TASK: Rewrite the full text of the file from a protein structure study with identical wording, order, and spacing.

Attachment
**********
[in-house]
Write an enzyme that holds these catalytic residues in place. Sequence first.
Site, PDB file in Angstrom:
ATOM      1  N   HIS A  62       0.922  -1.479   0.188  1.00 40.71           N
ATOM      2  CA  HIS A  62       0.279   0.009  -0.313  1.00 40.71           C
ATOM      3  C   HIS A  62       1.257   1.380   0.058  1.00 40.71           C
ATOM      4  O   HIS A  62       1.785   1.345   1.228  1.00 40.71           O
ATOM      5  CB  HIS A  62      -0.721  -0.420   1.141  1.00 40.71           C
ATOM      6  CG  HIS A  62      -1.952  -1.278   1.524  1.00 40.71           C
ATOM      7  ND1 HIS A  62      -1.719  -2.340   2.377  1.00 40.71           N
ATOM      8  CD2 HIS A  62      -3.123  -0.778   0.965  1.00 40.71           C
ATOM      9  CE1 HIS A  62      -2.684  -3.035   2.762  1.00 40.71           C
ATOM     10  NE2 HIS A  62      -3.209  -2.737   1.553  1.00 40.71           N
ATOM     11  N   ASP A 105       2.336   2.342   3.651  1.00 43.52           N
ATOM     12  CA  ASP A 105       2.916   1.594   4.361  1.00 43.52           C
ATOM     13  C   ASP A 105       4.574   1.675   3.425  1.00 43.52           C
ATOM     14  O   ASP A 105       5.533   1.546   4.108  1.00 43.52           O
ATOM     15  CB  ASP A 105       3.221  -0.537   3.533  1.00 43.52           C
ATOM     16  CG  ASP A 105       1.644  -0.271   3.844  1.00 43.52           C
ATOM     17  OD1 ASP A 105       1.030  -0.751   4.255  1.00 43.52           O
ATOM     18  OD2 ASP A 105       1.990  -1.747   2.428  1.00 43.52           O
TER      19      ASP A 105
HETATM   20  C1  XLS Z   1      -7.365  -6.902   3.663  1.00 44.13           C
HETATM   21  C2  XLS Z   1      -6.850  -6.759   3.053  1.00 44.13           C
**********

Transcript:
[in-house]
Write an enzyme that holds these catalytic residues in place. Sequence first.
Site, PDB file in Angstrom:
ATOM      1  N   HIS A  62       0.922  -1.479   0.188  1.00 40.71           N
ATOM      2  CA  HIS A  62       0.279   0.009  -0.313  1.00 40.71           C
ATOM      3  C   HIS A  62       1.257   1.380   0.058  1.00 40.71           C
ATOM      4  O   HIS A  62       1.785   1.345   1.228  1.00 40.71           O
ATOM      5  CB  HIS A  62      -0.721  -0.420   1.141  1.00 40.71           C
ATOM      6  CG  HIS A  62      -1.952  -1.278   1.524  1.00 40.71           C
ATOM      7  ND1 HIS A  62      -1.719  -2.340   2.377  1.00 40.71           N
ATOM      8  CD2 HIS A  62      -3.123  -0.778   0.965  1.00 40.71           C
ATOM      9  CE1 HIS A  62      -2.684  -3.035   2.762  1.00 40.71           C
ATOM     10  NE2 HIS A  62      -3.209  -2.737   1.553  1.00 40.71           N
ATOM     11  N   ASP A 105       2.336   2.342   3.651  1.00 43.52           N
ATOM     12  CA  ASP A 105       2.916   1.594   4.361  1.00 43.52           C
ATOM     13  C   ASP A 105       4.574   1.675   3.425  1.00 43.52           C
ATOM     14  O   ASP A 105       5.533   1.546   4.108  1.00 43.52           O
ATOM     15  CB  ASP A 105       3.221  -0.537   3.533  1.00 43.52           C
ATOM     16  CG  ASP A 105       1.644  -0.271   3.844  1.00 43.52           C
ATOM     17  OD1 ASP A 105       1.030  -0.751   4.255  1.00 43.52           O
ATOM     18  OD2 ASP A 105       1.990  -1.747   2.428  1.00 43.52           O
TER      19      ASP A 105
HETATM   20  C1  XLS Z   1      -7.365  -6.902   3.663  1.00 44.13           C
HETATM   21  C2  XLS Z   1      -6.850  -6.759   3.053  1.00 44.13           C